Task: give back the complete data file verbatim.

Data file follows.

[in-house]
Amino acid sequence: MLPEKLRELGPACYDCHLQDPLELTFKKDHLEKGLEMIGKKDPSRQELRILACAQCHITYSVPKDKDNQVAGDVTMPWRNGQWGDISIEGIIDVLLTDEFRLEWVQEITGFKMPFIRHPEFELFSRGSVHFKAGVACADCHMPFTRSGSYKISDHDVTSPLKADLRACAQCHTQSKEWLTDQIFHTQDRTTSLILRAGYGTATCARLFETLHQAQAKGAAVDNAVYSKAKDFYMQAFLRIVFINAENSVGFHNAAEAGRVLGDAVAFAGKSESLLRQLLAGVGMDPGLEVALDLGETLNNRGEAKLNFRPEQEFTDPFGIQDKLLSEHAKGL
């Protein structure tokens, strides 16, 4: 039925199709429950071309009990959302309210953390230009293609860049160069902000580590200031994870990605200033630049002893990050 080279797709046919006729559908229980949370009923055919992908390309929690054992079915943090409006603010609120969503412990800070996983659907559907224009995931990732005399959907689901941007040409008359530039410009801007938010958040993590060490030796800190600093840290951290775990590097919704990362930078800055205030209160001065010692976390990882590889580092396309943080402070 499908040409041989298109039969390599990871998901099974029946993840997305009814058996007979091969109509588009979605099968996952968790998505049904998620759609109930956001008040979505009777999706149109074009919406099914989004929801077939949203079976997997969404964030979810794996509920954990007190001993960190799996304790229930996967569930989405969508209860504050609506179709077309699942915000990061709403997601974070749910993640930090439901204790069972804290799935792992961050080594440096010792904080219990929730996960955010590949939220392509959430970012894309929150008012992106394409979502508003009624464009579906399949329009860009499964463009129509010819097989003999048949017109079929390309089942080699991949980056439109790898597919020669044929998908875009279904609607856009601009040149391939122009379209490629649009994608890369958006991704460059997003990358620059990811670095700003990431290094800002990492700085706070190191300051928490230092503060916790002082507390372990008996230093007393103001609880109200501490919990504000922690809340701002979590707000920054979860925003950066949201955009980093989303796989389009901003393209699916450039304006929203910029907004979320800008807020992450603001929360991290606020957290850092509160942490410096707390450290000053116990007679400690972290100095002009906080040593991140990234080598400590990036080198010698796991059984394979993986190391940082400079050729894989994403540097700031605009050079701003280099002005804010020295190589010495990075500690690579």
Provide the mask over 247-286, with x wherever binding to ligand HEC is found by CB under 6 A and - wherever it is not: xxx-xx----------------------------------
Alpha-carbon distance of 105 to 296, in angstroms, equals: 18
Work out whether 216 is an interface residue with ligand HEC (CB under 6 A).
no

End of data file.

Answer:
[in-house]
Amino acid sequence: MLPEKLRELGPACYDCHLQDPLELTFKKDHLEKGLEMIGKKDPSRQELRILACAQCHITYSVPKDKDNQVAGDVTMPWRNGQWGDISIEGIIDVLLTDEFRLEWVQEITGFKMPFIRHPEFELFSRGSVHFKAGVACADCHMPFTRSGSYKISDHDVTSPLKADLRACAQCHTQSKEWLTDQIFHTQDRTTSLILRAGYGTATCARLFETLHQAQAKGAAVDNAVYSKAKDFYMQAFLRIVFINAENSVGFHNAAEAGRVLGDAVAFAGKSESLLRQLLAGVGMDPGLEVALDLGETLNNRGEAKLNFRPEQEFTDPFGIQDKLLSEHAKGL
């Protein structure tokens, strides 16, 4: 039925199709429950071309009990959302309210953390230009293609860049160069902000580590200031994870990605200033630049002893990050 080279797709046919006729559908229980949370009923055919992908390309929690054992079915943090409006603010609120969503412990800070996983659907559907224009995931990732005399959907689901941007040409008359530039410009801007938010958040993590060490030796800190600093840290951290775990590097919704990362930078800055205030209160001065010692976390990882590889580092396309943080402070 499908040409041989298109039969390599990871998901099974029946993840997305009814058996007979091969109509588009979605099968996952968790998505049904998620759609109930956001008040979505009777999706149109074009919406099914989004929801077939949203079976997997969404964030979810794996509920954990007190001993960190799996304790229930996967569930989405969508209860504050609506179709077309699942915000990061709403997601974070749910993640930090439901204790069972804290799935792992961050080594440096010792904080219990929730996960955010590949939220392509959430970012894309929150008012992106394409979502508003009624464009579906399949329009860009499964463009129509010819097989003999048949017109079929390309089942080699991949980056439109790898597919020669044929998908875009279904609607856009601009040149391939122009379209490629649009994608890369958006991704460059997003990358620059990811670095700003990431290094800002990492700085706070190191300051928490230092503060916790002082507390372990008996230093007393103001609880109200501490919990504000922690809340701002979590707000920054979860925003950066949201955009980093989303796989389009901003393209699916450039304006929203910029907004979320800008807020992450603001929360991290606020957290850092509160942490410096707390450290000053116990007679400690972290100095002009906080040593991140990234080598400590990036080198010698796991059984394979993986190391940082400079050729894989994403540097700031605009050079701003280099002005804010020295190589010495990075500690690579």
Provide the mask over 247-286, with x wherever binding to ligand HEC is found by CB under 6 A and - wherever it is not: xxx-xx----------------------------------
Alpha-carbon distance of 105 to 296, in angstroms, equals: 18
Work out whether 216 is an interface residue with ligand HEC (CB under 6 A).
no